Over the past few days I’ve been reading Isaacson’s Steve Jobs biography and I have been thinking a lot about my own use of technology. Isaacson reflects often about his interactions with Jobs late in his life (2010 and 2011) and it surprises me how dated those meetings feel. Of one of those encounters, Isaacson describes Jobs showing him all of the tracks he has on his iPad 2 and how excited he had been to sync them to the device. This blew my mind and got me thinking.
Why do I have the massive mp3 collection that I do? I listen to a very, very small fraction of it. Not only that, but I pay a service to keep it all backed up for me in case something happens to my files. In the same vein, I have hundreds of gigabytes of data backed up in the cloud that I, again, have paid someone to store for me.
You know how so many Americans pay for a storage space because they have too much stuff? Well I, and so many others, am doing the same thing with digital data.
I’m not a minimalist by any means. I collect old books, have a small vinyl collection, and surely could do with fewer of most things that I have. But having stuff just to have it, whether its physical or digital, comes with a cost. Paying for digital storage, or keeping an extra couple of hard drives around might not seem like much compared to the Personal Storage spaces of our parents but it’s still a moral statement.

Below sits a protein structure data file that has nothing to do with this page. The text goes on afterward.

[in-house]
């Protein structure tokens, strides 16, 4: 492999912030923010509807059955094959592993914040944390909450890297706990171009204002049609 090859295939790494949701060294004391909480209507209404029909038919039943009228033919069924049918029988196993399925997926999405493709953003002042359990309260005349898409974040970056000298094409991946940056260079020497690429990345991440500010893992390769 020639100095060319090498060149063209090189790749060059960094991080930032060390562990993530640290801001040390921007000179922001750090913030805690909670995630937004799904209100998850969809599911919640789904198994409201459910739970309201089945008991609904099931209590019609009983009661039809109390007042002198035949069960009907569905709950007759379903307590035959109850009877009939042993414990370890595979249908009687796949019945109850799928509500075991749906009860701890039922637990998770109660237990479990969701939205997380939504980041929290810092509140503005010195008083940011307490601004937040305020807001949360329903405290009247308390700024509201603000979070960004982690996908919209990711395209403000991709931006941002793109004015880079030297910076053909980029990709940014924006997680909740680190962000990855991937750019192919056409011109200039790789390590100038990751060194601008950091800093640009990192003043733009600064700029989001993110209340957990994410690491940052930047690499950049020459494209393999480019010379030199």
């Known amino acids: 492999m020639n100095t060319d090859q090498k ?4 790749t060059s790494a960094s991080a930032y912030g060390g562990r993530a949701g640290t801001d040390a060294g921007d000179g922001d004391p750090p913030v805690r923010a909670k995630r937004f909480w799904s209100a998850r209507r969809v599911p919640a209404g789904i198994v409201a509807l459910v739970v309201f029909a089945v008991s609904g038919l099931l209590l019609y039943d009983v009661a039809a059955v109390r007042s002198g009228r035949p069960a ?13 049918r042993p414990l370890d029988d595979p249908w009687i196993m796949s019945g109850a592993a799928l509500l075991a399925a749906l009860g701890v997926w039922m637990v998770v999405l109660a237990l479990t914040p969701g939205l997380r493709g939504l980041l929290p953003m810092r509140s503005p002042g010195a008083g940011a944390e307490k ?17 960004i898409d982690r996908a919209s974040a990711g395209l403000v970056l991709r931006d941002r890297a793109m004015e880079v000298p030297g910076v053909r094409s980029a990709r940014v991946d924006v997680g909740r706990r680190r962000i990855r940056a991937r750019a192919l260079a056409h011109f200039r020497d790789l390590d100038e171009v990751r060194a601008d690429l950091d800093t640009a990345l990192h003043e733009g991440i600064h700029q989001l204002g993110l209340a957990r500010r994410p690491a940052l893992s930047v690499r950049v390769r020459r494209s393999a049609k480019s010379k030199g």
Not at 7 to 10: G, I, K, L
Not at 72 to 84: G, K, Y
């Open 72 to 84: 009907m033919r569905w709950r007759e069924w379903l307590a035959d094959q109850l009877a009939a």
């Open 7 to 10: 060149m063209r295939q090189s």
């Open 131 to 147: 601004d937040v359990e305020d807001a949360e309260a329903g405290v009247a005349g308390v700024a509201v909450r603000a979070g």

It says that we value our crap enough that we’re paying someone to virtually stash it under the bed where we probably won’t visit it again for years and years.
Spend a few hours. Track down your stuff. Figure out why you are spending valuable resources (save money, resell that extra external hard drive) and get rid of the gigabytes that you don’t need. Virtual clutter is still clutter, after all. Why pay to keep your digital trash lying around in the cyberspace?
What do you think? Is there a balance between storing things and hanging onto unneeded trash?